16 November, 1996

Nov. 16,

minimum temp. - 7.9 C maximum temp - 1.5 C 8 knots wind More about our second day at snowcraft training.

I slept poorly last night because of constant wind against my side of the Scott tent. I wasn't cold, but perhaps nervous. What if I hadn't really put things like the tent cover away properly and they were flying around out there? What would it be like in the morning? etc.

It is cold and very windy in the morning when we got up. Some of our shelters were covered in snow. The two people in the igloo had to be dug out of the drifts. The same thing happened with the snow trench built for one person although he was able to get himself out of the drift. The group in the "Quincy" had to be dug out also. (Lesson learned: when sleeping in a snow shelter, always take in a shovel with you.) We thought we had oriented our tent in the correct direction for the prevailing winds, but this blow came from another direction. So there were large snow drifts around our tent because the wind deflected off our snow wall and dropped the snow just beyond it.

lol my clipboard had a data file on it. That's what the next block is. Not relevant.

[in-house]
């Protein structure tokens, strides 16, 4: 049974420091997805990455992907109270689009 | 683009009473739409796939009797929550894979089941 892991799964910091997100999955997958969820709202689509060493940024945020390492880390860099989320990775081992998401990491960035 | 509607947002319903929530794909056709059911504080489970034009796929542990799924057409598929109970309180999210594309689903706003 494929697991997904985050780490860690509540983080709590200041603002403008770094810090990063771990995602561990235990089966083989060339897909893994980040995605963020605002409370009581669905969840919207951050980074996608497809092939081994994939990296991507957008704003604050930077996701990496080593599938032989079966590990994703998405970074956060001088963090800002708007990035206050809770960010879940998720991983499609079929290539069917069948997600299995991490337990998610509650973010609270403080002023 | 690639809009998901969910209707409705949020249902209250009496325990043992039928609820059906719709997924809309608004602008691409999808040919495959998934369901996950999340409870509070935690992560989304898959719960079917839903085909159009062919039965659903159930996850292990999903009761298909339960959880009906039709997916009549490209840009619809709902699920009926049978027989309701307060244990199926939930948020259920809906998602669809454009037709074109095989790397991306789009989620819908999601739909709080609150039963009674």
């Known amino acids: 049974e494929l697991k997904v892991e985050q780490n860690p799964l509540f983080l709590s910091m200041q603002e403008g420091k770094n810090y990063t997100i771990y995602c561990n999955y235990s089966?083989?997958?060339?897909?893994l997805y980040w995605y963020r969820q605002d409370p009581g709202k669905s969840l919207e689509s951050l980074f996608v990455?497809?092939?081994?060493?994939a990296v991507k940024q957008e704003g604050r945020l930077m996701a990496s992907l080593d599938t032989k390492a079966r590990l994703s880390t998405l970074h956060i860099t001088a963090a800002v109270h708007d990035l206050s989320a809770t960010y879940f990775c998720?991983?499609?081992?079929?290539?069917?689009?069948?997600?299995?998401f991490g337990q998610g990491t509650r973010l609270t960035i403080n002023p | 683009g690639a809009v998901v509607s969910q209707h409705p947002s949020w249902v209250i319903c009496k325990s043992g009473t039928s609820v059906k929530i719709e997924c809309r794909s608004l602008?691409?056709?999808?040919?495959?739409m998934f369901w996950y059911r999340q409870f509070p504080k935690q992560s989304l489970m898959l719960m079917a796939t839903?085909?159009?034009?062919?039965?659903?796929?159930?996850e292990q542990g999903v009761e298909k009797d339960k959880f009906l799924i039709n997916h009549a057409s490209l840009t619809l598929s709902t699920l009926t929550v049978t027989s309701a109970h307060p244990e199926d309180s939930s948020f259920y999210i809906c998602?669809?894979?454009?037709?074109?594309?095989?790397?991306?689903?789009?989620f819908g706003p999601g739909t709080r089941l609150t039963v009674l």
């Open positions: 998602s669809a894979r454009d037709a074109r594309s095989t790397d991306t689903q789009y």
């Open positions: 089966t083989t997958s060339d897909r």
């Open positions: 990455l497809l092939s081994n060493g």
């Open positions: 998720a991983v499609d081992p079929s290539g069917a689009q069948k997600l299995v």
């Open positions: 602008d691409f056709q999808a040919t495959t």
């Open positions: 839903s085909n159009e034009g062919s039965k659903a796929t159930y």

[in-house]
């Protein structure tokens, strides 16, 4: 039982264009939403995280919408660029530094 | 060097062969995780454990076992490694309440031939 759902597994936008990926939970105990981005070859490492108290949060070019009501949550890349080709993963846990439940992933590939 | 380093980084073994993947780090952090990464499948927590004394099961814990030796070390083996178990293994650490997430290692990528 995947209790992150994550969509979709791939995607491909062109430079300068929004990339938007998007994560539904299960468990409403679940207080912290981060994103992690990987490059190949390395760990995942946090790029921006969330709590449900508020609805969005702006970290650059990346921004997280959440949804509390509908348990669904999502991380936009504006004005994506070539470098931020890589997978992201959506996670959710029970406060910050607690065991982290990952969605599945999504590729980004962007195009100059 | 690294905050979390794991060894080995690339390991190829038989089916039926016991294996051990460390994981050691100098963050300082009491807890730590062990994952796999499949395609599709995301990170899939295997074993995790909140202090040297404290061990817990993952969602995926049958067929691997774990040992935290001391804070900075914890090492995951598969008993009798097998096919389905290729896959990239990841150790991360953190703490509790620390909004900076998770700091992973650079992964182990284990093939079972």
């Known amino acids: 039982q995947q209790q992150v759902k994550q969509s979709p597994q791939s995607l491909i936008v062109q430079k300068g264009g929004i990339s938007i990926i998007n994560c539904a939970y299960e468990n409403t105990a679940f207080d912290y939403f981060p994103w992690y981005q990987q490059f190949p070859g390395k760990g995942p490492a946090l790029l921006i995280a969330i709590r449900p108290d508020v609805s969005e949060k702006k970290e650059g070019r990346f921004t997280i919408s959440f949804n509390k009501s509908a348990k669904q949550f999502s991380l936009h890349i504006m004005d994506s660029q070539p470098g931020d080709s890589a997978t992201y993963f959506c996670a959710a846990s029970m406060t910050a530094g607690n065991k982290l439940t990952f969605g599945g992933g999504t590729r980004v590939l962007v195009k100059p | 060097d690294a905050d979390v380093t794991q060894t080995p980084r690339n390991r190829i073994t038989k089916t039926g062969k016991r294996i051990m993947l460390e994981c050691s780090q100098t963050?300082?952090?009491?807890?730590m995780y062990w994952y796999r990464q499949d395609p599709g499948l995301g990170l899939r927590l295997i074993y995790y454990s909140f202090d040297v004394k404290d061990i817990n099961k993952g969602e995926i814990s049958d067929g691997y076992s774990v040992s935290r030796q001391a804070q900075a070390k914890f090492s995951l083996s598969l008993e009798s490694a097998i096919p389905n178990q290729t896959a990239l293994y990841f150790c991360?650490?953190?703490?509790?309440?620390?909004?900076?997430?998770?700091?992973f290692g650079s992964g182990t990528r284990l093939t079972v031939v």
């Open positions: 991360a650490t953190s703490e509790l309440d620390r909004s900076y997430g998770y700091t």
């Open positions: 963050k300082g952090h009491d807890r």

Most of us put on our heaviest clothing: the heavy thermal underwear, fleece pants and jacket, wind pants, balaclava or fleece lined hat, heavy gloves and heavy parka. This morning we didn't forget to use plenty of sunscreen too. Yesterday, several of us didn't wear enough and got sunburned. Because the sun never goes down, it is easy to get burned. (The next sunset is Feb. 22, 1997)

We had difficulty getting the stove to work. The matches seemed damp even if they had been sealed in a plastic bottle. We don't seem to have a convenient place to set up our stove because our designated area is covered with snow. Thus we decide to set it up in the Scott tent. Scott tents have an opening at the top to allow gases to go out. Our group of 7 crawled into the tent to have breakfast of instant oatmeal, hot chocolate, granola bars and gorp. We were having a grand time when Brooke, our instructor, shows up and reminds us we have done a very stupid thing. We forgot to leave the tent door open while using a stove. The stoves produce carbon monoxide and several people have died here because of not venting their tent. He had told us yesterday, but it must not have made an impression on us. Our faces were a little pink, a sign of CO poisoning, but not too bad. Danger lurks so easily and silently here. There is no chance for carelessness.